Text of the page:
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Using Machine Learning to Predict Radiation Induced Toxicities for Oropharyngeal Cancer

T Cui

T Cui*, M Ward , E Murray , J Potter , J Dorfmeyer , N Joshi , J Greskovich , S Koyfman , P Xia , The Cleveland Clinic Foundation, Cleveland, OH


TH-AB-FS4-10 (Thursday, August 3, 2017) 7:30 AM - 9:30 AM Room: Four Seasons 4

Purpose: To establish a machine learning methodology to predict the incidence of toxic effects after definitive radiotherapy for oropharyngeal cancer.

Methods: 210 patients treated with IMRT for oropharyngeal carcinoma at our institution from 2009 to 2016 were retrospectively identified and randomly divided into two datasets for training and validation, respectively. For each patient, more than 40 features were retrieved, including patient’s characteristics and dosimetric endpoints of various organs at risk (OARs). A feature selection technique was developed to filter out clinically relevant features for the training dataset. Four different machine learning models, multinomial logistic regression (MLB), random forest (RF), naïve Bayes (NB), and support vector machine (SVM), were trained on the training dataset to predict grade ≥2 acute/late xerostomia and dysphagia, respectively. The prediction accuracy of each model was evaluated on the validation dataset using receiver operating characteristics (ROC) analysis. Each model was trained multiple times to determine a subset of features with the best prediction accuracy.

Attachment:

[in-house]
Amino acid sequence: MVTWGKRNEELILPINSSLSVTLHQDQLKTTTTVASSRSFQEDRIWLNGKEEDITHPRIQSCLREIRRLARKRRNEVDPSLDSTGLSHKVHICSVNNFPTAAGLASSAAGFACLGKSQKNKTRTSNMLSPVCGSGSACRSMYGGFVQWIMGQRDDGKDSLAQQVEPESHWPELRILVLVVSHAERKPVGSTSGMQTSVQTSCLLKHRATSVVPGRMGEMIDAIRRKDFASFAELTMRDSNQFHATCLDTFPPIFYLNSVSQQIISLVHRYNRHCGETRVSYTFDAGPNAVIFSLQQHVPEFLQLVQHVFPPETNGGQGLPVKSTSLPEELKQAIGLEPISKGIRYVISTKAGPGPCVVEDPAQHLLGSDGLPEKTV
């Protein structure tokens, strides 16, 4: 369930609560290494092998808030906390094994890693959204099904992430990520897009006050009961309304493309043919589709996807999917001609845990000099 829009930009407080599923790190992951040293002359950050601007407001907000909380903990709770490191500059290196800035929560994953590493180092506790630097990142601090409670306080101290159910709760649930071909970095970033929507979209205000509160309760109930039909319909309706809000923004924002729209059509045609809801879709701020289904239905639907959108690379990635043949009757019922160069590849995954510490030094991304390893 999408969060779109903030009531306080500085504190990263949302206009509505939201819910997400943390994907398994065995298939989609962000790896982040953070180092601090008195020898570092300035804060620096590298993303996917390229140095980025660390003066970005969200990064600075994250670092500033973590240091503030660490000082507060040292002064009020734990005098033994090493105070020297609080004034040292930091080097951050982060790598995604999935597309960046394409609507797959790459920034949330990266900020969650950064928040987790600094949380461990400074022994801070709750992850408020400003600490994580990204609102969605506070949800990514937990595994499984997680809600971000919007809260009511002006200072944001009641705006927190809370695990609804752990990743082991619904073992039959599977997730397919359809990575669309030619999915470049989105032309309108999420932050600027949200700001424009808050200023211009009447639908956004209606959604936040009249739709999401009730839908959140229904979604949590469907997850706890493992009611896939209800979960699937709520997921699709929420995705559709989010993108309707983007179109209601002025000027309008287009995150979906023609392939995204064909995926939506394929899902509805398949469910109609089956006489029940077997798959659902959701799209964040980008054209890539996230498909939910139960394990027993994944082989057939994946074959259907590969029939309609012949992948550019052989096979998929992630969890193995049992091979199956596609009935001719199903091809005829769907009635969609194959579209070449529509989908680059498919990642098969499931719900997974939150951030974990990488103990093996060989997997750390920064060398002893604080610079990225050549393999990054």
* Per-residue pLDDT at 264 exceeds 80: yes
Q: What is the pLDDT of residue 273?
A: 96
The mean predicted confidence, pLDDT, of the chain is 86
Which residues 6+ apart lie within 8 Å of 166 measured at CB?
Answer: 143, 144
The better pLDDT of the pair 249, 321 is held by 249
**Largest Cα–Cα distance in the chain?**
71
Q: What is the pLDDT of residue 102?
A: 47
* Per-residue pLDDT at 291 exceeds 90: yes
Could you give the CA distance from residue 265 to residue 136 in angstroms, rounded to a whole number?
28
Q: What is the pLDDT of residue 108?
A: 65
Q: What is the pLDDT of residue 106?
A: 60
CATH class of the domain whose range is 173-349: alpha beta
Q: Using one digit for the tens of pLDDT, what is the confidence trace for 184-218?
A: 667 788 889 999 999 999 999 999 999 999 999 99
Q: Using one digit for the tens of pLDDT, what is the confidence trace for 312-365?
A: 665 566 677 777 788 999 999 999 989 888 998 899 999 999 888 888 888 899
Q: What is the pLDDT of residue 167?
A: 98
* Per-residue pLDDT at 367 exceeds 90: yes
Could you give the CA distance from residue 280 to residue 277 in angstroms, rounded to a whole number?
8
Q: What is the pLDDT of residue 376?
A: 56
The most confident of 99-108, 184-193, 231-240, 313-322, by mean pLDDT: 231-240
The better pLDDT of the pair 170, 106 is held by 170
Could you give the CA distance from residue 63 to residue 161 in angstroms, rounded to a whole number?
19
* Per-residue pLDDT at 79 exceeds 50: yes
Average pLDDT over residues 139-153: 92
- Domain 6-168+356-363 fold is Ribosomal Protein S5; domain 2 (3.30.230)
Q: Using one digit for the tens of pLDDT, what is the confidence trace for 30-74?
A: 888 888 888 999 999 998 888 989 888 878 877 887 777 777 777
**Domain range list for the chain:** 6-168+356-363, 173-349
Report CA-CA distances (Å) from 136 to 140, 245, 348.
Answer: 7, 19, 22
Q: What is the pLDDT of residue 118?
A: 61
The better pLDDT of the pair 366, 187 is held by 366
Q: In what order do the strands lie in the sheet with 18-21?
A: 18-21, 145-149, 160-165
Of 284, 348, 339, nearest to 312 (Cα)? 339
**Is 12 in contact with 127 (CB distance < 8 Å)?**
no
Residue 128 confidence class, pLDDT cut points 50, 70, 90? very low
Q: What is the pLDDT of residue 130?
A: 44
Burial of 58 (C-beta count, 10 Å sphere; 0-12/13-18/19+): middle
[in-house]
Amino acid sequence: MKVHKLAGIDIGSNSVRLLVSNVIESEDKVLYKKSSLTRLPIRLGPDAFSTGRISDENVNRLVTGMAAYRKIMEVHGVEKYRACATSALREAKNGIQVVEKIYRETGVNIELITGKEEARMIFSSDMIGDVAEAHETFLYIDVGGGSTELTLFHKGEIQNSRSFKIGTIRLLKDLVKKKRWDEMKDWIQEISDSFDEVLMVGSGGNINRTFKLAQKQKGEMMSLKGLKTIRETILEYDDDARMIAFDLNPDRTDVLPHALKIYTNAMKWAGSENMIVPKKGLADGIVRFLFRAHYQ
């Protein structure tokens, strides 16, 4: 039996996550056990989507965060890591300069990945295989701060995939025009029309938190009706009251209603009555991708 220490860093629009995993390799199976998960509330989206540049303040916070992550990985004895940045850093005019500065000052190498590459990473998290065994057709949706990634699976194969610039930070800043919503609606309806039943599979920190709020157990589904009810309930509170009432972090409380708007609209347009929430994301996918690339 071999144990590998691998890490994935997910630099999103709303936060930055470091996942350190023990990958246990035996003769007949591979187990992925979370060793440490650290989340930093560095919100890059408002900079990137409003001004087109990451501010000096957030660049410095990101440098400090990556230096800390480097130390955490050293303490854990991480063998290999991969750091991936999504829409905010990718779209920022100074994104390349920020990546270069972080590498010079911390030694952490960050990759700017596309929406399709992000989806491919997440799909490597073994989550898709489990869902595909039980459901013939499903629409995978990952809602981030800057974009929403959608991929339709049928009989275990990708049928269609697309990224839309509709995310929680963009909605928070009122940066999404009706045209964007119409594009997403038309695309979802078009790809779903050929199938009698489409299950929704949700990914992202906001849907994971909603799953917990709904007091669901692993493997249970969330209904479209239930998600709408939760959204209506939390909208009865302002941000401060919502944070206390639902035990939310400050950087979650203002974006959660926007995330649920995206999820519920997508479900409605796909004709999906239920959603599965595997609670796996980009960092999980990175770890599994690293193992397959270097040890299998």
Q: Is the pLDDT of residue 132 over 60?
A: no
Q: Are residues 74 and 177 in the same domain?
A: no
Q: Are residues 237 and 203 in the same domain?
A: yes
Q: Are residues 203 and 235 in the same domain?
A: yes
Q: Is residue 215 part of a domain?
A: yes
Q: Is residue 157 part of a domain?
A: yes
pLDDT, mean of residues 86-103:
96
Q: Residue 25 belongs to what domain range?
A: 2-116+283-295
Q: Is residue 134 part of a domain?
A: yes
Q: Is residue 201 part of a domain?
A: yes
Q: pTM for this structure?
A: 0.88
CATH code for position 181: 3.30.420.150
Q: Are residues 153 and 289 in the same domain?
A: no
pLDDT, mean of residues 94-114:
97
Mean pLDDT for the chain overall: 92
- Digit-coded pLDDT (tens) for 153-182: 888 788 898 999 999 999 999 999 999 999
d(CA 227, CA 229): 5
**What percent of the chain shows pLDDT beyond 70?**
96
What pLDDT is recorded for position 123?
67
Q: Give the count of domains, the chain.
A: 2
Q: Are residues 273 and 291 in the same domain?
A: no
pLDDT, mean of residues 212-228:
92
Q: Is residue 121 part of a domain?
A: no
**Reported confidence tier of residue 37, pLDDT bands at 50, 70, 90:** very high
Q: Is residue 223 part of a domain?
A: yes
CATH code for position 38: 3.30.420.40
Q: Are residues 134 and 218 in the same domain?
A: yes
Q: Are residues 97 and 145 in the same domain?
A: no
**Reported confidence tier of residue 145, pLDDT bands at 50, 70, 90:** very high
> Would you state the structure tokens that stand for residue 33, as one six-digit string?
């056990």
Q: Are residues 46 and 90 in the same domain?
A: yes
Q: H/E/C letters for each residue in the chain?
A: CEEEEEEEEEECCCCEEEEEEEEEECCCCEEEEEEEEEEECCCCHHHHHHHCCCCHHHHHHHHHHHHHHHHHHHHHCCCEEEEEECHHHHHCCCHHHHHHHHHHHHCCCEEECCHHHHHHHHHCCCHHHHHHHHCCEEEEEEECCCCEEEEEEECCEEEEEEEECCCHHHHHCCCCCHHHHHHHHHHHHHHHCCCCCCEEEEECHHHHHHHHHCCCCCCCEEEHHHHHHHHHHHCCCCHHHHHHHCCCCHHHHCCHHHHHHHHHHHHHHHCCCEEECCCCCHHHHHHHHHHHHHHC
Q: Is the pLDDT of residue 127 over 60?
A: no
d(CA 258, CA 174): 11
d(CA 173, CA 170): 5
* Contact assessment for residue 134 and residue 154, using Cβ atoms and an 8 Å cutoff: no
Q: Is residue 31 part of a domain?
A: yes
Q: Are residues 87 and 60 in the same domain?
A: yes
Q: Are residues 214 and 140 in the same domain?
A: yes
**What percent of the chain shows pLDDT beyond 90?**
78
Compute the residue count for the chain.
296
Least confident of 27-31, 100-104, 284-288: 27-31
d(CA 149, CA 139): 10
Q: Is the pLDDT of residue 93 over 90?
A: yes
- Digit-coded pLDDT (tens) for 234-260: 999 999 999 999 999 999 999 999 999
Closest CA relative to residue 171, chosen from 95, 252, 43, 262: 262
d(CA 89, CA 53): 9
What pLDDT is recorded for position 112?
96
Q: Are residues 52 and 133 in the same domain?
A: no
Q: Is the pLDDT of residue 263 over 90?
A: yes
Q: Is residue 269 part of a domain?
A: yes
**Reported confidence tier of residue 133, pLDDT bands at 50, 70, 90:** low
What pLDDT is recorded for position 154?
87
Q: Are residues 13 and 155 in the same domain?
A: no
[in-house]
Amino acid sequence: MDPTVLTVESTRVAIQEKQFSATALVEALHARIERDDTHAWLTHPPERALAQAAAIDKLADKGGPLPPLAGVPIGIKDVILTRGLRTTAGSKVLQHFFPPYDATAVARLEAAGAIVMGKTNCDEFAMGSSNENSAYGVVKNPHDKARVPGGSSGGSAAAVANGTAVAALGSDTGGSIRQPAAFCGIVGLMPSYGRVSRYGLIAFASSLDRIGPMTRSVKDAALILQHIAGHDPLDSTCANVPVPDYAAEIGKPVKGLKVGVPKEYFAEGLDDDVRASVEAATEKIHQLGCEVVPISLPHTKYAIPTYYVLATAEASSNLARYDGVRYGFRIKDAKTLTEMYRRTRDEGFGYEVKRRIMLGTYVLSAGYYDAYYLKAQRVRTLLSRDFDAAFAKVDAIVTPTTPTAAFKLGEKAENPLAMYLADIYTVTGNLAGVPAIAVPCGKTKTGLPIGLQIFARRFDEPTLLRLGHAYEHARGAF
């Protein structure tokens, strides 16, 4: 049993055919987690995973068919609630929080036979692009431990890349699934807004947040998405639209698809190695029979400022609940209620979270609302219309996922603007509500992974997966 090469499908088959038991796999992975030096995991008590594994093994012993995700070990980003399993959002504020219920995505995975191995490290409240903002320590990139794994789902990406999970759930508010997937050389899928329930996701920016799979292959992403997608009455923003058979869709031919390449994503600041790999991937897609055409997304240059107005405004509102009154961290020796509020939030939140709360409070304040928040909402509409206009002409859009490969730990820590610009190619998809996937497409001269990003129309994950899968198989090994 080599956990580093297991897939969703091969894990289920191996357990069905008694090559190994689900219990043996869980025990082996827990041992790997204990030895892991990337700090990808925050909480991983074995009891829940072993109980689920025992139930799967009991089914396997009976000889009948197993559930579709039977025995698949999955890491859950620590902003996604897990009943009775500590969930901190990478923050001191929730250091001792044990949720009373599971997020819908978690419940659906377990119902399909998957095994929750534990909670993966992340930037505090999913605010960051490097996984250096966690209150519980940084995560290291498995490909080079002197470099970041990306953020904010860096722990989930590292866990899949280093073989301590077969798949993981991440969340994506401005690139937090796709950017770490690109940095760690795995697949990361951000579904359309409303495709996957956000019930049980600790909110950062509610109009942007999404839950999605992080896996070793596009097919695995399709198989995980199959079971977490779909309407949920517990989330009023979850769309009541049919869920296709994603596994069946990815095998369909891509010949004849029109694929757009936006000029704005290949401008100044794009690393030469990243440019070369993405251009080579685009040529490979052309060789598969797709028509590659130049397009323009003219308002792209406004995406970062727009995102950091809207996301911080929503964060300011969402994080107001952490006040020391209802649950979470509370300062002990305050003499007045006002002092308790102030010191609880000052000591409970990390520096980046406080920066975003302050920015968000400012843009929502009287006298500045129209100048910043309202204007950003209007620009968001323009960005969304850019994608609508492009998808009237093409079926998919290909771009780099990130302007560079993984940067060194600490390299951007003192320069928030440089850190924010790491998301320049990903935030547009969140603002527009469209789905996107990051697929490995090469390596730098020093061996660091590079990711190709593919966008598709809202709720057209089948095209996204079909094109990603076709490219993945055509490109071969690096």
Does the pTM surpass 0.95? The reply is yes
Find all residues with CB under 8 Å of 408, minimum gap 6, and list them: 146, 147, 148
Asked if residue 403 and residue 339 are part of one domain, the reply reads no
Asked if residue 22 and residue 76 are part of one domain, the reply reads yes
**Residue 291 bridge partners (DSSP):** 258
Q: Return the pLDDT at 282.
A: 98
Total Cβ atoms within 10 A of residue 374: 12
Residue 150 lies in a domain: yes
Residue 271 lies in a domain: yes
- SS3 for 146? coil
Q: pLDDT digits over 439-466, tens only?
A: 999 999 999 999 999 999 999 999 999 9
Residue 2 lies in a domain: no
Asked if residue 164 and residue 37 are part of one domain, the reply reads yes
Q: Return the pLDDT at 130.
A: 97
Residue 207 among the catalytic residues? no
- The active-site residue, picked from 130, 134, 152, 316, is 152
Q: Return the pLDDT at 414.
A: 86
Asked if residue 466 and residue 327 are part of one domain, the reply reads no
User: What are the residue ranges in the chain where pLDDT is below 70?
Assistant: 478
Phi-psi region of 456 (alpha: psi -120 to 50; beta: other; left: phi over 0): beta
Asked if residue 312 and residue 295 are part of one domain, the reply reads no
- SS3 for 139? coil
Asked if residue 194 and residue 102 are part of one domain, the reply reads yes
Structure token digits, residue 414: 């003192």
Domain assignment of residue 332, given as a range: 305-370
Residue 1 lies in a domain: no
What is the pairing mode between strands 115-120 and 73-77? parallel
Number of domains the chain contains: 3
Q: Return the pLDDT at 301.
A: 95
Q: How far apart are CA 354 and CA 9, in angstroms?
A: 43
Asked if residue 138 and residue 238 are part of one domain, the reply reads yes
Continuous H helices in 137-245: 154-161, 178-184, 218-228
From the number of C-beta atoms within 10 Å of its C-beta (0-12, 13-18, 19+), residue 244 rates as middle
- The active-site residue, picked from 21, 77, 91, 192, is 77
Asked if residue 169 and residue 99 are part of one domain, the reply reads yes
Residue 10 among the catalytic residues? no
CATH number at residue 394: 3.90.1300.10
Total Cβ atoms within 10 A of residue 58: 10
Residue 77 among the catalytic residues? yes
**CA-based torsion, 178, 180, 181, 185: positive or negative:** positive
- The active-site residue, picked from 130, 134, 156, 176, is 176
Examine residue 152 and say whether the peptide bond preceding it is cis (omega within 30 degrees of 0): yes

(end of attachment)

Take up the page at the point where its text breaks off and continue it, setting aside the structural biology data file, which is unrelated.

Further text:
Results: 102, 72, and 39 of the patients had experienced grade ≥2 acute dysphagia, acute xerostomia, and late xerostomia, respectively, whereas late dysphagia was excluded from modeling due to the low incidence. Evaluated by the area under the ROC curve (AUC), MLB model with treatment technique, HPV status, disease subsite, sex, and pharyngeal constrictors Dmean as the subset of features resulted in the most accurate prediction for acute dysphagia (AUC = 0.77), RF with age, grouped stage, sex, and submandibular Dmean for acute xerostomia (AUC = 0.77), and SVM with disease subsite, parotid V30, and submandibular Dmean for late xerostomia (AUC = 0.80), respectively.

Conclusion: The proposed machine learning-based methodology can help clinicians and planners to evaluate the risk of grade ≥2 acute dysphagia and acute/later xerostomia, and therefore to improve the quality of treatment planning and reduce the radiation induced toxic effects.

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